The welterweight, hails from the heart of Brick Lane in London and is trained in Bethnal Green by Roger Hunt – a nephew of former world champion Maurice Hope – and his own father, Wolid.
“The fans can expect someone strong and confident,” pointed out Khalid, by way of an introduction. “I want to be the best out of the young crop. Frank signs a lot of young people and amateur stars and I want to prove I am one of the best.
“This is a fabulous opportunity for myself and it is great for my community. Hamzah Sheeraz, his father and the whole team, helped me get this opportunity and I am so grateful. I cannot wait to showcase my skills.”
Khalid is following in his father’s footsteps, who was also a product of the Repton and steeped in the sport.
“I started off at Newham ABC when I was eight or nine and had my first four amateur fights from there. In my fourth fight I fought a multi-national champion and lost, due to being cocky! After that I had a bit of a gap year and trained in my dad’s gym, working with top pros to learn my trade.
“When I was 15 I went to Repton and had around 25 fights, losing something like five. I won the Londons, boxed for England and suffered a bad decision in the Haringey finals. I was on the same amateur team as Dennis McCann, Adan Mohamed, Henry Turner and all the other Repton boys.
“My father is a boxing man and has been in the game since he was 16. He used to be at Repton when he was younger and always said to the coaches that he would bring his son down eventually. My dad is one of the most important people in my boxing career and has taught me so much, everything really.”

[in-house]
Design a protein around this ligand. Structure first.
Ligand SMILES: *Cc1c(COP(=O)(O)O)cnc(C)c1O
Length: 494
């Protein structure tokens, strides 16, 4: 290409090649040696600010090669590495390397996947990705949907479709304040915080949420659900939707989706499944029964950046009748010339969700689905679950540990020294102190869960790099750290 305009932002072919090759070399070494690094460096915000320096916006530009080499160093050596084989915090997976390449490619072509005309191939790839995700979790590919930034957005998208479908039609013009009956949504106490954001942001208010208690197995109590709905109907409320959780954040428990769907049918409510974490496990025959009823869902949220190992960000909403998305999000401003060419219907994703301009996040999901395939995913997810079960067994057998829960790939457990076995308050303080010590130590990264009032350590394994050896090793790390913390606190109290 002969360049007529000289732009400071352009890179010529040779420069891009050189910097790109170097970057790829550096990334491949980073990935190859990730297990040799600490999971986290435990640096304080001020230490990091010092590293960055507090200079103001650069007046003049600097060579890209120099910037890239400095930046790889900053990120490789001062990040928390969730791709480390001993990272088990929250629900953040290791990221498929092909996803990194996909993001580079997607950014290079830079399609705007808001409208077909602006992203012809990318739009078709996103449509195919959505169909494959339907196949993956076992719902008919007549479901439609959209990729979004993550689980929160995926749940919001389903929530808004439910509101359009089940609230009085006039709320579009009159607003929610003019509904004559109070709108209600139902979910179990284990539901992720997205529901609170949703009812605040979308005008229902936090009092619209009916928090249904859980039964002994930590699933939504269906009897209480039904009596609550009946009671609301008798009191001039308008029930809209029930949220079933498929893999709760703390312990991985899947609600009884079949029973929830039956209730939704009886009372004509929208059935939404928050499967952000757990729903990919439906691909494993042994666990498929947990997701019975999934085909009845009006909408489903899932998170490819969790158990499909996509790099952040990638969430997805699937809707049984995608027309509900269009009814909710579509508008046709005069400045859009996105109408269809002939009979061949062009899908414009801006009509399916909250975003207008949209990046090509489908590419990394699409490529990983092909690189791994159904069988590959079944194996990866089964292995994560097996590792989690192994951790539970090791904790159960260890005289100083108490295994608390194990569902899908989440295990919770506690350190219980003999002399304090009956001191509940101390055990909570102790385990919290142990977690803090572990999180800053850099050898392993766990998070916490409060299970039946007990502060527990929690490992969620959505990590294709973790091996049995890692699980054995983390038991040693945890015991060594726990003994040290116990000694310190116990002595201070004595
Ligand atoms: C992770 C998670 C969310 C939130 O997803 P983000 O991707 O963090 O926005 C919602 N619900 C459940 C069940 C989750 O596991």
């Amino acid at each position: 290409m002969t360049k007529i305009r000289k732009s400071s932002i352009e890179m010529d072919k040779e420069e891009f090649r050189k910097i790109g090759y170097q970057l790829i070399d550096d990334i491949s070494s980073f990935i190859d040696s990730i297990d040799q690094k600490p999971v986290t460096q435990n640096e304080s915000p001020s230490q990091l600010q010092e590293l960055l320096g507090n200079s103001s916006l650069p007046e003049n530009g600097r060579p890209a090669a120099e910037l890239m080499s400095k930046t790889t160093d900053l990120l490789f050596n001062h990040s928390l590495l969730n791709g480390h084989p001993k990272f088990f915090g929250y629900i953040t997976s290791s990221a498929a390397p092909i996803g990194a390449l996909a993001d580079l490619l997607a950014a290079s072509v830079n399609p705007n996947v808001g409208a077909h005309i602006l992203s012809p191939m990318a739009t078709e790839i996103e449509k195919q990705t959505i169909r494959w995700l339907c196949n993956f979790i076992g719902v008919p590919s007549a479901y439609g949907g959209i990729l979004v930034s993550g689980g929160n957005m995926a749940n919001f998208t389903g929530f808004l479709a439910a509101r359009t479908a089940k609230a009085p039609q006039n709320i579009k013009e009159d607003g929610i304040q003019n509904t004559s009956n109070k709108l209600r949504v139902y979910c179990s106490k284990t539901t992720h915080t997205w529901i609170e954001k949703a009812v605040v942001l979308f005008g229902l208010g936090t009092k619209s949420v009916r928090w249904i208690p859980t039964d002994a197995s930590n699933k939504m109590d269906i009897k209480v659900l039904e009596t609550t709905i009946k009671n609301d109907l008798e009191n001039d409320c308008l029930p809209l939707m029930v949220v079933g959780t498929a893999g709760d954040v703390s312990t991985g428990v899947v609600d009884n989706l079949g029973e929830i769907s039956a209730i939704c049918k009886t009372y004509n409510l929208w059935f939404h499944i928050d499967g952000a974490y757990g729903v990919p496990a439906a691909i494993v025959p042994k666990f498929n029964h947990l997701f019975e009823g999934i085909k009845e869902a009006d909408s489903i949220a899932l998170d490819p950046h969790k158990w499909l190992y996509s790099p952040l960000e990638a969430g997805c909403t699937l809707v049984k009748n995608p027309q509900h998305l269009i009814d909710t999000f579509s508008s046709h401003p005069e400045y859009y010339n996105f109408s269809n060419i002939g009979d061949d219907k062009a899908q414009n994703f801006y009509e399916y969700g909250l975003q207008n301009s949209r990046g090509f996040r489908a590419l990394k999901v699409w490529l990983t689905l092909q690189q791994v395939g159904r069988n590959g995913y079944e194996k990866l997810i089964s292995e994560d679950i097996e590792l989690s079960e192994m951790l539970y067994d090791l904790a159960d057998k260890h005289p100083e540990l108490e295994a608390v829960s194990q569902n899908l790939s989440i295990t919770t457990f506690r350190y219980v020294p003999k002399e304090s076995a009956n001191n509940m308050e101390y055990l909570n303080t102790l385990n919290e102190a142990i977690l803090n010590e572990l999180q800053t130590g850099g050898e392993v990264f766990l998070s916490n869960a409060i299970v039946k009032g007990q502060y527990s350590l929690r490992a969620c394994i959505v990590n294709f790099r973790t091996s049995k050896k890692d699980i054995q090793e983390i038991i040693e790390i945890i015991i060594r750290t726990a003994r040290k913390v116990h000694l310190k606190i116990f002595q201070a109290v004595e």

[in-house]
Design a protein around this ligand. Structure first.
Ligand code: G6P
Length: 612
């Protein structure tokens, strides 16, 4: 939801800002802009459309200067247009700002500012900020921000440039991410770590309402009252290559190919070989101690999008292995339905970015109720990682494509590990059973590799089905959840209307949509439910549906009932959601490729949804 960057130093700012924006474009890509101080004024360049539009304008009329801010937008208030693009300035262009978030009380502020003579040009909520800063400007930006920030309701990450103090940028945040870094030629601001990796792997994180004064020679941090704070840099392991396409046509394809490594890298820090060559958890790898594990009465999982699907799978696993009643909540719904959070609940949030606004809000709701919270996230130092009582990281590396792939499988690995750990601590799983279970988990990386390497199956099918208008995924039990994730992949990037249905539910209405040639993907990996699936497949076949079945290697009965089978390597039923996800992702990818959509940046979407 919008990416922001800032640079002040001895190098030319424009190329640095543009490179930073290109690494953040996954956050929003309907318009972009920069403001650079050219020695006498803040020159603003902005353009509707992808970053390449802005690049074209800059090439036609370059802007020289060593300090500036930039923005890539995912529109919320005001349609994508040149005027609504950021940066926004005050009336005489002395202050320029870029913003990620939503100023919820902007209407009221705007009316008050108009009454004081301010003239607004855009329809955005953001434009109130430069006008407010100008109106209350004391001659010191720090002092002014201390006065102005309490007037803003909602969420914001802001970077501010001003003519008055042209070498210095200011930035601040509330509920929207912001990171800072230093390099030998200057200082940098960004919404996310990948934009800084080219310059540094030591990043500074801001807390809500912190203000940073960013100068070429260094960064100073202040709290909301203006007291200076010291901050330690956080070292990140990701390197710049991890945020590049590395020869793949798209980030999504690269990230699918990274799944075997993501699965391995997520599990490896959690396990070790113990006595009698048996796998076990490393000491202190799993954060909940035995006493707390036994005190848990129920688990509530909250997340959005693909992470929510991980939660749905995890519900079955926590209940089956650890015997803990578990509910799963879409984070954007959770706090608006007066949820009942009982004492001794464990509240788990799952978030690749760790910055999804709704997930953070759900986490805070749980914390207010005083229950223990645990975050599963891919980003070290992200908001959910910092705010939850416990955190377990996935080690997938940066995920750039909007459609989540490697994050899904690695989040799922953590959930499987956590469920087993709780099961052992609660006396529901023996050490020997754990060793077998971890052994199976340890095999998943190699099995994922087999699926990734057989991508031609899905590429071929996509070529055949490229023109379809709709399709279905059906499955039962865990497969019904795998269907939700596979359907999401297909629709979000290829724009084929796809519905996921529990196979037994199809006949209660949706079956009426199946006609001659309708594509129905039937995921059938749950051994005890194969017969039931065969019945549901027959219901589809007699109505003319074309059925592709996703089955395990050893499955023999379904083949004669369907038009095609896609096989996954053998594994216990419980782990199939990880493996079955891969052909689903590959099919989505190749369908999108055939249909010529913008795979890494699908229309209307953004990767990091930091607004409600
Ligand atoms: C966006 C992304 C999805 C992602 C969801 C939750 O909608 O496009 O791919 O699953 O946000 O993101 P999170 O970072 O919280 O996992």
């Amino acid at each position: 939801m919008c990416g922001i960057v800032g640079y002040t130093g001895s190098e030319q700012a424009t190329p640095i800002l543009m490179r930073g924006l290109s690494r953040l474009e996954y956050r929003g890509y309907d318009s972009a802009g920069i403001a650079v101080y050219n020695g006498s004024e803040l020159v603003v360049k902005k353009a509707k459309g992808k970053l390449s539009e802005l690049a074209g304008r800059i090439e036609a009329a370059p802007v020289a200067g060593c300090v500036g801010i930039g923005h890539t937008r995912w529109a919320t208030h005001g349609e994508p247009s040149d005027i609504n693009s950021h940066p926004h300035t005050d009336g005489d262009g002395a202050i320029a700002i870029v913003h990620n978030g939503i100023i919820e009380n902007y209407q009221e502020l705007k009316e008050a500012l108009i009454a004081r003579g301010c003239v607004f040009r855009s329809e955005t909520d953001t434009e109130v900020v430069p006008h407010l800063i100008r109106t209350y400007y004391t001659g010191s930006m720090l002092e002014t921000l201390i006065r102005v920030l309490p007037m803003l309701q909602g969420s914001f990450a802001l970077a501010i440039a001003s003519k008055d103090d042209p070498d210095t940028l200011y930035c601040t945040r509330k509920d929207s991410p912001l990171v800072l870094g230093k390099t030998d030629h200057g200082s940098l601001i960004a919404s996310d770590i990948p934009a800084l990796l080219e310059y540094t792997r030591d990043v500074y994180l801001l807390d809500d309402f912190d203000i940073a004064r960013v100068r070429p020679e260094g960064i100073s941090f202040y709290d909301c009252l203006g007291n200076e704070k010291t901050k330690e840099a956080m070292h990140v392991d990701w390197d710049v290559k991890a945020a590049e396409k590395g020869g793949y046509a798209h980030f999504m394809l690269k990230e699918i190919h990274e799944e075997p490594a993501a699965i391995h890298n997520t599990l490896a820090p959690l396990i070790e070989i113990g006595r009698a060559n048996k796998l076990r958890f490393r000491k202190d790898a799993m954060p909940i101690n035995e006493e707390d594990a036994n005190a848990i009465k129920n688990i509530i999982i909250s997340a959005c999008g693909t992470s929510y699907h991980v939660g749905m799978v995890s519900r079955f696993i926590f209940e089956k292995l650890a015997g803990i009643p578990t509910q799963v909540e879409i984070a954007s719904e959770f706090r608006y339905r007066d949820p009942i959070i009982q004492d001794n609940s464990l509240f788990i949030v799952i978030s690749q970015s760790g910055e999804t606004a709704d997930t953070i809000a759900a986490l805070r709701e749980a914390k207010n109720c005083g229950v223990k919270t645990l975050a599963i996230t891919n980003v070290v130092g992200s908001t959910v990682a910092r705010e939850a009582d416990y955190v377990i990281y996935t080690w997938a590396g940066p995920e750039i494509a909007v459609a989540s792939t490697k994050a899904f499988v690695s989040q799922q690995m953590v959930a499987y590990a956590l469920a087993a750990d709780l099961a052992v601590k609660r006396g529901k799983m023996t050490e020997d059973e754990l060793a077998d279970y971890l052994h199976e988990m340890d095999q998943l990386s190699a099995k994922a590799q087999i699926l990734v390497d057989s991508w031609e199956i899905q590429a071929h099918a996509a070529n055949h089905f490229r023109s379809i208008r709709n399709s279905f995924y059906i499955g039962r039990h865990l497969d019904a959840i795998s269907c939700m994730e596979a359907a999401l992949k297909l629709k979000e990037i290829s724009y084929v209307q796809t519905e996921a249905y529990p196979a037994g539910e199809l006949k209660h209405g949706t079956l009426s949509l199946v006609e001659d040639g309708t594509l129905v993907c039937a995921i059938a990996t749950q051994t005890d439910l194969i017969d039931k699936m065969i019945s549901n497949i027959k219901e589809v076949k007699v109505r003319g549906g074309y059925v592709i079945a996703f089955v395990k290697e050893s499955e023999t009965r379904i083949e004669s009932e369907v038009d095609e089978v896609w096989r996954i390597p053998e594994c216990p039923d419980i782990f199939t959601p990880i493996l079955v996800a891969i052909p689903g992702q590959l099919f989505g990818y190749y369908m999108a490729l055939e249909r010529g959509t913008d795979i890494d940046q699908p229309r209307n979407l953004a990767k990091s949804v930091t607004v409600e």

Khalid states that his style of fighting is anything but basic, but insists he did not model himself on the obvious Asian inspirations. In fact, he might well be one of a kind in being a Bengali turning professional in boxing.
“Oh yeah, I am flashy! I also hit hard and look good as well. It just comes naturally, I watch fights but I don’t try to be like anyone. I think some fighters watch Prince Naseem too much and want to be like him instead of being themselves.
“As far as I am aware, I will be one of the first British Bengalis to be signed by Frank Warren. Hopefully I can inspire other kids because loads of Bengali kids are good and just don’t get the opportunity.
“Naseem was the first to inspire Asian kids, Amir Khan was the second and Hamzah will be the third. Hopefully I will help other Bengali kids to turn professional and be successful,” added Khalid, who will get to launch his professional journey in early 2021.
“I am always in the gym. I just need six weeks to turn up the oven and I will be ready to go.”